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The other day on Twitter, I saw this tweet from Emily Everett in the #writingcommunity chat:
Writing community, help me out - I sometimes get novel feedback that I shouldn't use contractions in narration, only in dialogue. I've always used them because it's a fairly close 3rd person limited, in and out of character's mind without signaling it. Thoughts?I immediately answered her with "bad advice" and why I thought so, but this entire thread of writers also chiming in with "this is not correct and don't listen to these critiques" made me wonder how much bad advice is out there in the writing world, how many of us are listening to it--whether on social media, in unhealthy critique groups, in professionals who don't know what they're doing--and how do we stop this!
Now, if you're expecting a clear answer to this dilemma, please don't be disappointed when you get to the end of this post, and I don't have one. I'll admit tackling this problem is still something I'm mulling over. I seem to be encountering more and more writers these days who have a story similar to Emily's, where someone in the industry has told this writer an absolute (such as don't ever write a rhyming picture book) or wrong advice (describing your characters' race is unacceptable these days). So I came up with a couple tips that I've been sharing with other writers and that I'm implementing myself:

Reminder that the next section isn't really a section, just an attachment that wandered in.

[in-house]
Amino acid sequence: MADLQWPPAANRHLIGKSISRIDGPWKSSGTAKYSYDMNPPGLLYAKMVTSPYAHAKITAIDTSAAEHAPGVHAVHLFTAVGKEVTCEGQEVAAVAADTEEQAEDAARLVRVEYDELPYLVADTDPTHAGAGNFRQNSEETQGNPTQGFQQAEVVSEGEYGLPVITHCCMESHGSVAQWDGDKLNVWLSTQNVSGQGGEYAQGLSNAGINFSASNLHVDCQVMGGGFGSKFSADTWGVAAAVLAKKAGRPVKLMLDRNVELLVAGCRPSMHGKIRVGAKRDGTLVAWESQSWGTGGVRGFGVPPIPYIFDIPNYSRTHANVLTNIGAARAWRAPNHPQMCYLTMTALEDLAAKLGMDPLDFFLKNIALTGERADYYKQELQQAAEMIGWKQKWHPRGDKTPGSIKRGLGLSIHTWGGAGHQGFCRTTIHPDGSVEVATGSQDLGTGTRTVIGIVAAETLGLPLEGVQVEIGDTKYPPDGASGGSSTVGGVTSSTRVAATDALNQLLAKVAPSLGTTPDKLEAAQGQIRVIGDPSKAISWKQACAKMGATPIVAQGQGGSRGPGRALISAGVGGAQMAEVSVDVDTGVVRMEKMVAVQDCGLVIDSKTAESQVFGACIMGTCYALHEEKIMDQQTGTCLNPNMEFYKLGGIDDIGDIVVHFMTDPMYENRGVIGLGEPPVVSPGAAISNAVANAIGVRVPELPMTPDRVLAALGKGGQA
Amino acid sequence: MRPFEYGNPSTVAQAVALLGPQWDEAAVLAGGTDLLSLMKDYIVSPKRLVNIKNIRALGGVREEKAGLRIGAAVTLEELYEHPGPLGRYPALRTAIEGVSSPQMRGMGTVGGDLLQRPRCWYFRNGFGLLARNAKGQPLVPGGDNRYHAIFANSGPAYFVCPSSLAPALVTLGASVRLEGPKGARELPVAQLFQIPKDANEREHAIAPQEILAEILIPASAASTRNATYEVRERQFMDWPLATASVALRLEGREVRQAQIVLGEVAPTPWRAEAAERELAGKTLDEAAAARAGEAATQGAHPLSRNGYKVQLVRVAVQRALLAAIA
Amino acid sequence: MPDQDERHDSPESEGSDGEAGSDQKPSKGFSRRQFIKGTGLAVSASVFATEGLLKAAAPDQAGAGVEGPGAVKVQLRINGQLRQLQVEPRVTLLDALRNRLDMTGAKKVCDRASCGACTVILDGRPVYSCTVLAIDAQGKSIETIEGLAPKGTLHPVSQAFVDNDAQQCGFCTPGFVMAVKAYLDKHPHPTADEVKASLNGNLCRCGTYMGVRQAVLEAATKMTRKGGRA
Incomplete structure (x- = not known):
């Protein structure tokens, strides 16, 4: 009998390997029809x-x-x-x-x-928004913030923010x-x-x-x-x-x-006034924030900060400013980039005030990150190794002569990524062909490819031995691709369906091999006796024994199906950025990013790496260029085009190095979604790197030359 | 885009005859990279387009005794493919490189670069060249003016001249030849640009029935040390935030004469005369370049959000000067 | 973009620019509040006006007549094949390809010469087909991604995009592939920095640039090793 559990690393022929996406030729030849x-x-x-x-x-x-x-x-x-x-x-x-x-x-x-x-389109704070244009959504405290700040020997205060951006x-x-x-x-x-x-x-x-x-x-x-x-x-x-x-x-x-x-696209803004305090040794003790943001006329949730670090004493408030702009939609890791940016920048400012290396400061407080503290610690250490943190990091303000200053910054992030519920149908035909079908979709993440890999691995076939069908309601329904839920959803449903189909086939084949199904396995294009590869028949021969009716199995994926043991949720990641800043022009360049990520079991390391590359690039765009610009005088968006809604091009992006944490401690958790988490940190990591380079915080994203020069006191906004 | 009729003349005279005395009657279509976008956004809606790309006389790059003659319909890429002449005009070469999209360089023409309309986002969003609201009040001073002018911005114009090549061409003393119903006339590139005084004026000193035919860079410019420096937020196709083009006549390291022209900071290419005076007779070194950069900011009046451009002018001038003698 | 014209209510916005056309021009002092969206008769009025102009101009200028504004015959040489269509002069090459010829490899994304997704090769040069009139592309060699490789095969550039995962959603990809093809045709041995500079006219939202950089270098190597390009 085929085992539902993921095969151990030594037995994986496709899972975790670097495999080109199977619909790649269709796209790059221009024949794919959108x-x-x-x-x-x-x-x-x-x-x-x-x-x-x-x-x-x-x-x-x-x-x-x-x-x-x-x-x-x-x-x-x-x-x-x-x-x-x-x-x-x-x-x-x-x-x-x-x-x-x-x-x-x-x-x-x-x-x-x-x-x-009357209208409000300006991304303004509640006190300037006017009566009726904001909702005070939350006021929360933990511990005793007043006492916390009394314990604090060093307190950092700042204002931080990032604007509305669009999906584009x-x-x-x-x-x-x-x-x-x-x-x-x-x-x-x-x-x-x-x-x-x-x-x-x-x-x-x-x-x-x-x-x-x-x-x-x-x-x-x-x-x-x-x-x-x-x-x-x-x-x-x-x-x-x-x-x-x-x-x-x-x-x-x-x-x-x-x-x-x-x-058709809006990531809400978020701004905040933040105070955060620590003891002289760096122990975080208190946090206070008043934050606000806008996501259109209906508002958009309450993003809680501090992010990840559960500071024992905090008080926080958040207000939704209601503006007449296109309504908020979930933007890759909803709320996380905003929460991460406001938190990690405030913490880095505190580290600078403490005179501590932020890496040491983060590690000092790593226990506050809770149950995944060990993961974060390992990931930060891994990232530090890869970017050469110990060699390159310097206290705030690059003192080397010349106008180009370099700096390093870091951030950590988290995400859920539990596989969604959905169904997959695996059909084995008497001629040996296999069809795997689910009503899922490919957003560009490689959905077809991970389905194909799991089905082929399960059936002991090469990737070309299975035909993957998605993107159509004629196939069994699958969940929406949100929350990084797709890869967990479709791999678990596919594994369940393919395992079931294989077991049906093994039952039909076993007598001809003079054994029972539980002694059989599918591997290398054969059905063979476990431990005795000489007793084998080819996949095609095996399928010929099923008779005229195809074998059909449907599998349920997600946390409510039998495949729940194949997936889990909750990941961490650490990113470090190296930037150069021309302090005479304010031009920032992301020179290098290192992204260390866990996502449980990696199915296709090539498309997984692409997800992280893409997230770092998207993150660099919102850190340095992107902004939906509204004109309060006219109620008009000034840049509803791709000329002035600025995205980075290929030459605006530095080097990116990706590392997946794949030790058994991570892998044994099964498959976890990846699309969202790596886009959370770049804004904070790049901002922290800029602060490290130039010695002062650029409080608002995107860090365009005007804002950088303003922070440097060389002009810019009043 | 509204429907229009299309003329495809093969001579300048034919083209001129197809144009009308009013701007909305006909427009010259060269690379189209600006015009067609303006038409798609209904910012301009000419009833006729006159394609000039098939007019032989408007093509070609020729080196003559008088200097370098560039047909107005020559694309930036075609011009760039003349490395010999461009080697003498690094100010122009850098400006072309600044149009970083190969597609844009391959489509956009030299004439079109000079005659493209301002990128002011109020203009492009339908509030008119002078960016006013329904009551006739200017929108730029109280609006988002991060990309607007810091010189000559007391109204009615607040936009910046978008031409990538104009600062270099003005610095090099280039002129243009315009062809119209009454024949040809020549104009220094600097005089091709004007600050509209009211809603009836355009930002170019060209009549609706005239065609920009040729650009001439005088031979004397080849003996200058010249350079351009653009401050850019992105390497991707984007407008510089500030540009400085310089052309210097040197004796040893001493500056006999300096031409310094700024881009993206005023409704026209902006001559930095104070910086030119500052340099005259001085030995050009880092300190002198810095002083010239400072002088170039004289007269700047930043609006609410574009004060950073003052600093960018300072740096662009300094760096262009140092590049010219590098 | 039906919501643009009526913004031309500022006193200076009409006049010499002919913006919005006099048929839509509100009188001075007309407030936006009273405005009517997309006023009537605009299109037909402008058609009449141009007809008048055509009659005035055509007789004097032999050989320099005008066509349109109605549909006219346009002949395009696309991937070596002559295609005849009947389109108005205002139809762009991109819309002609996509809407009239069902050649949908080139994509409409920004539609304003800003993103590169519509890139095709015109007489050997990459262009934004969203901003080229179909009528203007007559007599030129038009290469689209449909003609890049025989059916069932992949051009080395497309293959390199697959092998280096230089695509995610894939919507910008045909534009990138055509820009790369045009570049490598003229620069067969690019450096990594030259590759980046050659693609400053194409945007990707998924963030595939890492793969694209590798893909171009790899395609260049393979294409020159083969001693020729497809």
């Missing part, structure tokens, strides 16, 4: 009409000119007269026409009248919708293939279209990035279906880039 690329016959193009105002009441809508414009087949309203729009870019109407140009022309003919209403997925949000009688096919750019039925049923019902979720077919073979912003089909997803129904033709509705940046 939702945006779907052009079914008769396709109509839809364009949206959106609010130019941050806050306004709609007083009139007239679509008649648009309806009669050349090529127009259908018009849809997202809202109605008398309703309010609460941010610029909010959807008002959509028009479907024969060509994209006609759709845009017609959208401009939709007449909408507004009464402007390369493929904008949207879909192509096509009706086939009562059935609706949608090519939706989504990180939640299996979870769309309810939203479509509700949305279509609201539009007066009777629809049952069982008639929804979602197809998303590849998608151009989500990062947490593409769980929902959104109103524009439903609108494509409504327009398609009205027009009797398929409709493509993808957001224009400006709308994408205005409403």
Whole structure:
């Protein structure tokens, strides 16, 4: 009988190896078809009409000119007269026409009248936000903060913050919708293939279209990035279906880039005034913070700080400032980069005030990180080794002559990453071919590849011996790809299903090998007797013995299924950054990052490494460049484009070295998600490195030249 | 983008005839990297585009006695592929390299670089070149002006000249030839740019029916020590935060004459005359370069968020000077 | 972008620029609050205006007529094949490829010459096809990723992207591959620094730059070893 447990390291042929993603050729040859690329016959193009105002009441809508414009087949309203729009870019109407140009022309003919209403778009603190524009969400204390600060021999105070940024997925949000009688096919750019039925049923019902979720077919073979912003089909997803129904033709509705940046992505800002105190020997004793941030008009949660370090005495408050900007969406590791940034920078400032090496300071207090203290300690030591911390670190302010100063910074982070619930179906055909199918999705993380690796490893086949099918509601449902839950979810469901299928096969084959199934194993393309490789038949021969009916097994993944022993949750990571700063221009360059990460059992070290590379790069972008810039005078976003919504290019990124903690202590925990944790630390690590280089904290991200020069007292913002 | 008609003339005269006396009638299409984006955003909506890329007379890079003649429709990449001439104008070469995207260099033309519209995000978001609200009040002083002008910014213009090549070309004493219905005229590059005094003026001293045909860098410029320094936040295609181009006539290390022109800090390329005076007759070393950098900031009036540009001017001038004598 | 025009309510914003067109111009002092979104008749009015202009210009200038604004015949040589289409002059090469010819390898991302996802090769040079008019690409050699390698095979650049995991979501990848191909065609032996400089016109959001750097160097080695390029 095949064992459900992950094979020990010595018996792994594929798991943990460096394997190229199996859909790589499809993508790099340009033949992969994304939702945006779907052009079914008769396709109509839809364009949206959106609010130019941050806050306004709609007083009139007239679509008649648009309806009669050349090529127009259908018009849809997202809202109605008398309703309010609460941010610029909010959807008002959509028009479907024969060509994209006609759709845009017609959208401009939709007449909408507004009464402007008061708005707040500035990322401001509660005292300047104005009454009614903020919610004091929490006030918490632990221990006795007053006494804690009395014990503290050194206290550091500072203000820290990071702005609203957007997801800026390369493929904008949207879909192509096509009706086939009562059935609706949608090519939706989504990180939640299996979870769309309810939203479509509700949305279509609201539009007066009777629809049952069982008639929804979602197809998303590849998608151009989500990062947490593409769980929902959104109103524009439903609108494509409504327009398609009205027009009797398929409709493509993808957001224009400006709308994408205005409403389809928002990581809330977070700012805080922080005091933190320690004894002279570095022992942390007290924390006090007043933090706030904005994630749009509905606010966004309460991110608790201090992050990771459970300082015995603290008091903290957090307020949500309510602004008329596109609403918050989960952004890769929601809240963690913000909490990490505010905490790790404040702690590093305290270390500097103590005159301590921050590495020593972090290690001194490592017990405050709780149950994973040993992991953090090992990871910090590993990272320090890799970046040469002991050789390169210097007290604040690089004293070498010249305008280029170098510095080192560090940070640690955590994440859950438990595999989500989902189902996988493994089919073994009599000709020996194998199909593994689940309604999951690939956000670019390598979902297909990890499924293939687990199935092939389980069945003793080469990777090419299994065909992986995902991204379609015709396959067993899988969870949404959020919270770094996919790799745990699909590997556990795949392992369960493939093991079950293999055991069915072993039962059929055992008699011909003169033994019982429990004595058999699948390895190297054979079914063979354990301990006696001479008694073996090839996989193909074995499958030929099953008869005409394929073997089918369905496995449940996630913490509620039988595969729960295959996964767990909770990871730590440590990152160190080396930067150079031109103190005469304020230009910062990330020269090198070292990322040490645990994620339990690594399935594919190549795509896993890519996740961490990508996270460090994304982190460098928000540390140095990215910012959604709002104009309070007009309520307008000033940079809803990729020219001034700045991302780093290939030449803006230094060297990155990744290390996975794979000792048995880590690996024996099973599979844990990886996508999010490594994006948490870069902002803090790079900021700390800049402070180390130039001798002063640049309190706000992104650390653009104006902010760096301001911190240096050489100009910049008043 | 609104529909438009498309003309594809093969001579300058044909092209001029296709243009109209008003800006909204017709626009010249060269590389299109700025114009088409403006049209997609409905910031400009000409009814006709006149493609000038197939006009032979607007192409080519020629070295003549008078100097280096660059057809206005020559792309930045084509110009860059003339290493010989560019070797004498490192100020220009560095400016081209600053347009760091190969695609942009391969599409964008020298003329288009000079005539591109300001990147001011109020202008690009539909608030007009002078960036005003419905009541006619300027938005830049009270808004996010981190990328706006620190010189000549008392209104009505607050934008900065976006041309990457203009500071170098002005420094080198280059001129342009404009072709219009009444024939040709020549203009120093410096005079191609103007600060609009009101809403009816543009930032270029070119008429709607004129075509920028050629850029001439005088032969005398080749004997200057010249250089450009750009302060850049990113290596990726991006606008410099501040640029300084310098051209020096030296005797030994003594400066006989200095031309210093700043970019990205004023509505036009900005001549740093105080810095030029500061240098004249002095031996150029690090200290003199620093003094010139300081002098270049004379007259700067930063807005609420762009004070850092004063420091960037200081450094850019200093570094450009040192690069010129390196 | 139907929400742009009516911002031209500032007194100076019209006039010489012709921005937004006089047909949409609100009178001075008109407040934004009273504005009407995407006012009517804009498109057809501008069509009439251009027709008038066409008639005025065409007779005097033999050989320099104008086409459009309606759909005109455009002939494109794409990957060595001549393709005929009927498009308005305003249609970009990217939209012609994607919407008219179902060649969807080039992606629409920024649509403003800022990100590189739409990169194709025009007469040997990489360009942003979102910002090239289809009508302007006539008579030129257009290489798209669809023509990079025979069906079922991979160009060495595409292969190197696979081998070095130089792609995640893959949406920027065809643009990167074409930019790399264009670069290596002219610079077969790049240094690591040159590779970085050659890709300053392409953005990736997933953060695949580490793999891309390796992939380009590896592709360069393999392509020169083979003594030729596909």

1. Listen to your gut! I can't stress this enough. Most of the time, you know if someone is giving you bad advice and/or the critique you received is just wrong for you and your work. We doubt ourselves too much in my opinion; and if your gut is telling you that this person does not know what he/she is talking about, then discuss this with other writers whom you trust. By the way, here at WOW!, we're always happy to help with this. You can leave us a personal message on Facebook or on Twitter, and we will answer your question or direct you to someone who can.
2. If it's an absolute, it's probably wrong: Now, someone reading this post will come up with an absolute that is not wrong, and that's fine--this is why I said PROBABLY because I don't want to use an absolute when giving advice. (smiles) But honestly, there are very few rules in the writing world that some author hasn't already broken--and was probably told never to do it before she broke the rule. J.K. Rowling was told that her first Harry Potter book was much too long for her audience of readers and that no young reader would ever stick with a fantasy book that long. J.K. is laughing all the way to the bank!
We'd love to hear any stories of bad advice you didn't listen to in the comments below or if you have some tips for how to decide if what someone is telling you is correct.
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